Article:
The EU e-privacy directive, commonly known as "the cookie law" has come into   full effect after a year long lead-in period.

Market researchers doing online research in Europe or simply operating a website targeted at clients in Europe need to understand and implement new EU rules on cookies if they have not already done so.

The deadline for EU Member States to implement the EU e-privacy directive, notably known as ‘the cookie law’, passed one year ago and regulators around Europe are now beginning to loudly warn companies that active enforcement, including fines, will become effective very soon after the one year landmark (26 May). ESOMAR will also soon issue its own guidance to help get market researchers started.

The e-privacy directive regulates the storing of information, or the gaining of access to information already stored, in the terminal equipment of a subscriber or user. This therefore covers any research cookies or other device which store information for example about a user’s preferences on a particular website, or track a panel participant’s visits to different pages of a website using cookies. From now on, a user’s consent will be required to store or access this information on a user’s computer, laptop or mobile and this consent is valid only if the user has been provided with clear and comprehensive information about the purposes of the data processing.

The UK data protection regulator (the ICO) for example will start actively implementing from the end of May and it has been proactive in developing guidance as the regulatory carrot for companies. However, the regulatory stick will be applied to those companies who ignore the new rules or refuse to comply. It has encouraged the business sector such as the ICC’s UK chapter to develop guidance that helps companies to improve their communications about how they use cookies. While the ICC guidance cannot be considered full implementation of the new law’s requirements, it will allow companies more credit with the regulator than if they would have done nothing – the ICO has made itself plain: doing nothing is not an option.

The French data protection authority – the CNIL as well as the Spanish telecoms authority – CMT - have also issued new guidance in the past month. The implementation will vary from country to country. For example, web analytics companies will need to look carefully at differing guidance in France and the UK. E.g. in France, a link to cookie information should be provided on the main page of the website and further information about analytic cookies should be displayed, for instance in the T&Cs, but publishers cannot use analytic information to track users across multiple websites.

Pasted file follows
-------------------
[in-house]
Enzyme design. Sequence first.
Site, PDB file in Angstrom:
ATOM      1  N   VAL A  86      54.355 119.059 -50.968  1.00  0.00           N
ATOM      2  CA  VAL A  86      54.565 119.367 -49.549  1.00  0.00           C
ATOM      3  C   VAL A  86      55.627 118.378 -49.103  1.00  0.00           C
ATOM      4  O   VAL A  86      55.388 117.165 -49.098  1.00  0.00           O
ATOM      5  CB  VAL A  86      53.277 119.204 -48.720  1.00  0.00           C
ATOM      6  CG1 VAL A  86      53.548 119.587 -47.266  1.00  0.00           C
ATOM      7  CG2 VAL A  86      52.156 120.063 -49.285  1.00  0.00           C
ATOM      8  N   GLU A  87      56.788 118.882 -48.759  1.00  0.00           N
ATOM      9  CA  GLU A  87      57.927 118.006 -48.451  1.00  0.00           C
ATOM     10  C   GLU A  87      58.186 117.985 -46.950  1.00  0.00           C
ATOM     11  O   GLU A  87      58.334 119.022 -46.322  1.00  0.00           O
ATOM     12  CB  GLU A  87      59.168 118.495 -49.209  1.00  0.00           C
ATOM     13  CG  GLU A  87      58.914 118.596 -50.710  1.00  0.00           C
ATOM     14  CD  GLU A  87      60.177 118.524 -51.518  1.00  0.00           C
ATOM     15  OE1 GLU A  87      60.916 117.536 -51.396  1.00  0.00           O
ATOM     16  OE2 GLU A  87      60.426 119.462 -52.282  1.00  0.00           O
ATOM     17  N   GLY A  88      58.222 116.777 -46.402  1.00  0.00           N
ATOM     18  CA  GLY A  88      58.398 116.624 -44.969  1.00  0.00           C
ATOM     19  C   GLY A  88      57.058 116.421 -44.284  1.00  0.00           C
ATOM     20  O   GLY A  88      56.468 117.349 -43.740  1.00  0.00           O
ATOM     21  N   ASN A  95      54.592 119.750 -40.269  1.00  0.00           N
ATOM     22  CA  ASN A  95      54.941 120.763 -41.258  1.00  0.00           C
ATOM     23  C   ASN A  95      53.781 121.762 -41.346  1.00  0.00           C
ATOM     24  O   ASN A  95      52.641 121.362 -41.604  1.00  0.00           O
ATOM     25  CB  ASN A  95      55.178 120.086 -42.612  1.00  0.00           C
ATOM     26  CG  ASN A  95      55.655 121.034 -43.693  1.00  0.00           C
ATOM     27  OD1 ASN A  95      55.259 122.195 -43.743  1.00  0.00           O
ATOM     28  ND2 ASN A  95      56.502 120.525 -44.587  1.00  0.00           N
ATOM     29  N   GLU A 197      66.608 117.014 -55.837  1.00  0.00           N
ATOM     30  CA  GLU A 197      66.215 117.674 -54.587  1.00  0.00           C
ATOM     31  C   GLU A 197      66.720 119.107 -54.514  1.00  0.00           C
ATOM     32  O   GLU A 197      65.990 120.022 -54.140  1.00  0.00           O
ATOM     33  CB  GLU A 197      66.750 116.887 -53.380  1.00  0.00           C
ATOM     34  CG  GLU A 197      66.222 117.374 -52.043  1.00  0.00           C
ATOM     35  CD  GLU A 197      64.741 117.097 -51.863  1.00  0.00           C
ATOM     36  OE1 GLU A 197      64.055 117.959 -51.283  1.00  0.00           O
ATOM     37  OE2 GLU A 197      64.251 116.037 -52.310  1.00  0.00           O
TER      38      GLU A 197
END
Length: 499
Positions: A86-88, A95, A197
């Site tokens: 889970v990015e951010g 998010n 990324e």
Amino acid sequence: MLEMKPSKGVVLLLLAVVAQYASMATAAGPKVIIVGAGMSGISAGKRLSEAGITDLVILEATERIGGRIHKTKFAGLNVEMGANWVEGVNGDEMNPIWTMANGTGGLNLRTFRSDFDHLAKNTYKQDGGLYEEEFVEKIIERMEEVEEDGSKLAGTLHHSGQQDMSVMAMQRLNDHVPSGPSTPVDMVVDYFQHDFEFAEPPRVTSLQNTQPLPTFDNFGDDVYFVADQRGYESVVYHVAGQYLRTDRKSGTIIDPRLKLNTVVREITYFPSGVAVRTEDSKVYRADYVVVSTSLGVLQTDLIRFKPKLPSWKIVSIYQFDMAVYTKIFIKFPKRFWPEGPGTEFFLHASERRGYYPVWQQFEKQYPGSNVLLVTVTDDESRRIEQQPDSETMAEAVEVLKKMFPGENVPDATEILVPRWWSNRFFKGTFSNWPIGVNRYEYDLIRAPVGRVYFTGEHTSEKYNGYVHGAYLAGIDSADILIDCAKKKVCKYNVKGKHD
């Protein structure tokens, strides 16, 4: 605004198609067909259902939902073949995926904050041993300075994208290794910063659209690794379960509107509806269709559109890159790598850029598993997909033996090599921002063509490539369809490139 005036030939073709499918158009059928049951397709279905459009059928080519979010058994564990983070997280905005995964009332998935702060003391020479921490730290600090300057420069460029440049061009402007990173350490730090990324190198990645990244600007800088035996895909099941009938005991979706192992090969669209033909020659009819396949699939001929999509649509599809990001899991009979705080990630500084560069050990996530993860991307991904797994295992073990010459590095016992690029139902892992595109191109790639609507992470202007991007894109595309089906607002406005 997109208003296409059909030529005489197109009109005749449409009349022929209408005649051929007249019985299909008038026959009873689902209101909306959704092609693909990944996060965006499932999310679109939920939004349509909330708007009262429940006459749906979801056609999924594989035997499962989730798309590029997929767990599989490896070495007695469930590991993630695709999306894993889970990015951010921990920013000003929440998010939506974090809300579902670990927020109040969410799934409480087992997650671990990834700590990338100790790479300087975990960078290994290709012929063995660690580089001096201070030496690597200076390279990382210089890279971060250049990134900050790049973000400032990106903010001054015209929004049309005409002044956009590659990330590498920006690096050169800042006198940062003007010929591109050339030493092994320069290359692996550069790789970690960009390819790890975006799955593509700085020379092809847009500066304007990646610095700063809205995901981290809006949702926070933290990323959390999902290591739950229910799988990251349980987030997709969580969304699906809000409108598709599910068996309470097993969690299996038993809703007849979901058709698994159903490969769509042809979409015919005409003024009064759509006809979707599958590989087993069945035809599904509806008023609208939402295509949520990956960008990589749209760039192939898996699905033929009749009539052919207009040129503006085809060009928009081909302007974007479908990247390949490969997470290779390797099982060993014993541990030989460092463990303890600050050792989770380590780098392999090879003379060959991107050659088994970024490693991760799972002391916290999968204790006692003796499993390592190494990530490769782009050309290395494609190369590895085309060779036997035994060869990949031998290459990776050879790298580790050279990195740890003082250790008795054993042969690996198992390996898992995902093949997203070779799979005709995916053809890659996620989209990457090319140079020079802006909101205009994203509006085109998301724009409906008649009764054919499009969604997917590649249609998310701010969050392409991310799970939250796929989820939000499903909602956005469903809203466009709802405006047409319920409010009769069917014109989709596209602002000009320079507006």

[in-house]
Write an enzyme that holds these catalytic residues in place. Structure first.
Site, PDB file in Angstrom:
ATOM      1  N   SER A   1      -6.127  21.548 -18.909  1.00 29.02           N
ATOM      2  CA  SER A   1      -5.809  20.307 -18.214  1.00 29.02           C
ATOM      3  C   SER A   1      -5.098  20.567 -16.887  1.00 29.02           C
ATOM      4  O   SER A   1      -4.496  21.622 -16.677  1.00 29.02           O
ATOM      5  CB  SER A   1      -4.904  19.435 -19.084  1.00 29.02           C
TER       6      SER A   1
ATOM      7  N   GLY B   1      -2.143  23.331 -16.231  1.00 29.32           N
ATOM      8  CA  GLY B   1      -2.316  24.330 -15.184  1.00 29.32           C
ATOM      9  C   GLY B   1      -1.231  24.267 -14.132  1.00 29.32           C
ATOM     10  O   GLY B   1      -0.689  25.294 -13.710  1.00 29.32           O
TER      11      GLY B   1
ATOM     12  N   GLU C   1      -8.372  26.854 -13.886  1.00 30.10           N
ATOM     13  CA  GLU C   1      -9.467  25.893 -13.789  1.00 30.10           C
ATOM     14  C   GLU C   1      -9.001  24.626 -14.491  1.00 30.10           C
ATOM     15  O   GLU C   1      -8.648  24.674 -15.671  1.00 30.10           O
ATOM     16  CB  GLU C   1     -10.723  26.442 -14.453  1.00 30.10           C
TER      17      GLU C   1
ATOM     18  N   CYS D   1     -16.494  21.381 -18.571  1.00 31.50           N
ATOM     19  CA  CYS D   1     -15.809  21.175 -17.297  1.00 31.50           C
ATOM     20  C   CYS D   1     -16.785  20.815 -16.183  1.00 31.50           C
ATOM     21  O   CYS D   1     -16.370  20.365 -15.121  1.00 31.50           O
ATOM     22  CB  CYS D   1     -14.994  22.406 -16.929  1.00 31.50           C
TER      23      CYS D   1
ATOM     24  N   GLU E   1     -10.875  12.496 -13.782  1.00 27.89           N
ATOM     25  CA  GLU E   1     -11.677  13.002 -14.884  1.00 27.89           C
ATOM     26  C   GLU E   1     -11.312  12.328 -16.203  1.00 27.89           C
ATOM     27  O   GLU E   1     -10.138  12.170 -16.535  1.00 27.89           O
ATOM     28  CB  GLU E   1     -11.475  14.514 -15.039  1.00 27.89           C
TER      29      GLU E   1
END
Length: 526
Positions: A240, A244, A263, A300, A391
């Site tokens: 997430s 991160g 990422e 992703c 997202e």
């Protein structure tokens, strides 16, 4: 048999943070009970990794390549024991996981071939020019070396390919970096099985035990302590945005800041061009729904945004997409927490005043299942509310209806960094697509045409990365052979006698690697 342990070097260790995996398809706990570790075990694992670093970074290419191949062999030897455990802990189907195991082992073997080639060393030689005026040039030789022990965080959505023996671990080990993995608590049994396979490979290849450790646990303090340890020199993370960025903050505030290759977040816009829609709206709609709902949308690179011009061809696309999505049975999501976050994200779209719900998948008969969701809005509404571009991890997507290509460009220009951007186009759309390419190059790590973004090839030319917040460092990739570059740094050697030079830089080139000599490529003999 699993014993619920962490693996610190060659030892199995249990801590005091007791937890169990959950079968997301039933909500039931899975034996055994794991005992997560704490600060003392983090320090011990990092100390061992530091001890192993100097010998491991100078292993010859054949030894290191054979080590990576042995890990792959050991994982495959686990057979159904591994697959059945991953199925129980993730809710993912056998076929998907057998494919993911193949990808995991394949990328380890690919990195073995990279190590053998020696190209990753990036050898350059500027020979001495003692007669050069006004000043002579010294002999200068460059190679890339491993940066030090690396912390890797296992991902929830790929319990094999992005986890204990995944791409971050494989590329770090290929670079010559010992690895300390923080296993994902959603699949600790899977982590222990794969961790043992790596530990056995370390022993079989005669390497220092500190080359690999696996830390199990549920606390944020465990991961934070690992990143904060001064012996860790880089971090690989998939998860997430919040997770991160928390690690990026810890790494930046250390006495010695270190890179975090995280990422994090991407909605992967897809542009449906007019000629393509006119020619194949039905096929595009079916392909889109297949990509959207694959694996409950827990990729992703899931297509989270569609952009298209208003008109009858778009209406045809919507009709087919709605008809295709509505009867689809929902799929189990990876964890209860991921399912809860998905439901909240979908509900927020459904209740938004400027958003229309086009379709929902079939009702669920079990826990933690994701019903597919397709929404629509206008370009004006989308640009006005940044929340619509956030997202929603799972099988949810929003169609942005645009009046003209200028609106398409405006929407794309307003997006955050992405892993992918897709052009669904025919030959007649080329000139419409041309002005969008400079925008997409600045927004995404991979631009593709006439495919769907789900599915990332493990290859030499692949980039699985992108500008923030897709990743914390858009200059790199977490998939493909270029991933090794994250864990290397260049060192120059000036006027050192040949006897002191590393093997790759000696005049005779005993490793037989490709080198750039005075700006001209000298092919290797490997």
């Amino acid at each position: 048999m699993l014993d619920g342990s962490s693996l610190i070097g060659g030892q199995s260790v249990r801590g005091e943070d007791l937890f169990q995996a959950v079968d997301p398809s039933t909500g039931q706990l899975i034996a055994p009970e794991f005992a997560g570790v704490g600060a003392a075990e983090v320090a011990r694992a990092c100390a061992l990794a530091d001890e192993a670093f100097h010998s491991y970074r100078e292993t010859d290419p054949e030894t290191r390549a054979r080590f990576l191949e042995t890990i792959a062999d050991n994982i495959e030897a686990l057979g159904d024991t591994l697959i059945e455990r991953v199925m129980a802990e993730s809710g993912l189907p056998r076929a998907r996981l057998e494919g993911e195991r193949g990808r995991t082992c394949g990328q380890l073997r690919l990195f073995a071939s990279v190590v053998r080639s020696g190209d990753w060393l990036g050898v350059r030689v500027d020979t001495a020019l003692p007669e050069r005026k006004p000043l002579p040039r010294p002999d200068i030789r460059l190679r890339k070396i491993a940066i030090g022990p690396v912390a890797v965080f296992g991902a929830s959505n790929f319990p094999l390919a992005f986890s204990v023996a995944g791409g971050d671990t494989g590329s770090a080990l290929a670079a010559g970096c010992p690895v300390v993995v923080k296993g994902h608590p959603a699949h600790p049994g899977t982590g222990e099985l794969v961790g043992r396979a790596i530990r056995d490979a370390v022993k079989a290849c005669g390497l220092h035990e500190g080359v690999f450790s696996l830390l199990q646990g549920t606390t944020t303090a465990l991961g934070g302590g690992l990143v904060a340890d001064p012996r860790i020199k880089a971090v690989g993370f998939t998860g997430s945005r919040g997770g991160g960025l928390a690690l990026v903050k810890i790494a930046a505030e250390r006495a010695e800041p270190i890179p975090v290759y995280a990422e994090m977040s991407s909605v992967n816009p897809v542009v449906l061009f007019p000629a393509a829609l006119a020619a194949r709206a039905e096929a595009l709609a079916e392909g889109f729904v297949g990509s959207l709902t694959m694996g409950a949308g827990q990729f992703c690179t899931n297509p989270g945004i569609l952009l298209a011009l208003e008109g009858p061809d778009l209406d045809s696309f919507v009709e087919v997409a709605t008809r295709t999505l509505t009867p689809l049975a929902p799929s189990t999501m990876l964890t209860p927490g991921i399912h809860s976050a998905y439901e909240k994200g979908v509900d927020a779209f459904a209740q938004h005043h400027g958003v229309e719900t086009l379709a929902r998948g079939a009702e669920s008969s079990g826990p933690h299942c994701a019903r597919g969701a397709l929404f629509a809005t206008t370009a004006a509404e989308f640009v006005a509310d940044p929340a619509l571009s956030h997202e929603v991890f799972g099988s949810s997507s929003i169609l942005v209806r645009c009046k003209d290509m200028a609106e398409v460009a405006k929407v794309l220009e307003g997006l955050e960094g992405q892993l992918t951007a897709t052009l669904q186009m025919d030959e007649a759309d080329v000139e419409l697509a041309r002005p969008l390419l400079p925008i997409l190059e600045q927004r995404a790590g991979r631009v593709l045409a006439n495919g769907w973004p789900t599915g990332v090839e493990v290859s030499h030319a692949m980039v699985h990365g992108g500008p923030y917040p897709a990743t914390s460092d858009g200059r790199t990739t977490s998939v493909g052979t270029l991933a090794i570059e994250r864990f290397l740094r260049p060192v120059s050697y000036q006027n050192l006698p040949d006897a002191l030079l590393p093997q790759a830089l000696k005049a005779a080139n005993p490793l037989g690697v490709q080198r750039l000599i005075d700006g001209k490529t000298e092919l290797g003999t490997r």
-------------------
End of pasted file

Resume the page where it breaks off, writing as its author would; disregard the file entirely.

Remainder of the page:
ESOMAR will soon issue its own general guidance which has been drafted in consultation with experts from the top global companies in order to familiarise companies with some of the main terms and get them started on the road to compliance. While ESOMAR cannot provide a full guide to implementation at the international level due to differing national rules, it provides an introduction to the requirements of the new cookies law together with guidance on what would be acceptable to comply with ICC/ESOMAR Code and guidelines obligations and where to go to seek full compliance. It will also recommend that research companies conduct a full cookie audit with helpful tips on how to practically execute this. The ESOMAR guidance will be available in the next month.

For more details contact:


The UK data regulatory guidance can be found here:

The UK chapter ICC guidance can be found here:

The French CNIL guidance (26 April 2012) can be found here:

The Spanish data regulatory guidance can be found here: (published 31 March 2012 – law ‘Real Decreto-ley 13/2012, de 30 de marzo, por el que se transponen directivas en materia de mercados interiores de electricidad y gas y en materia de comunicaciones electrónicas’)





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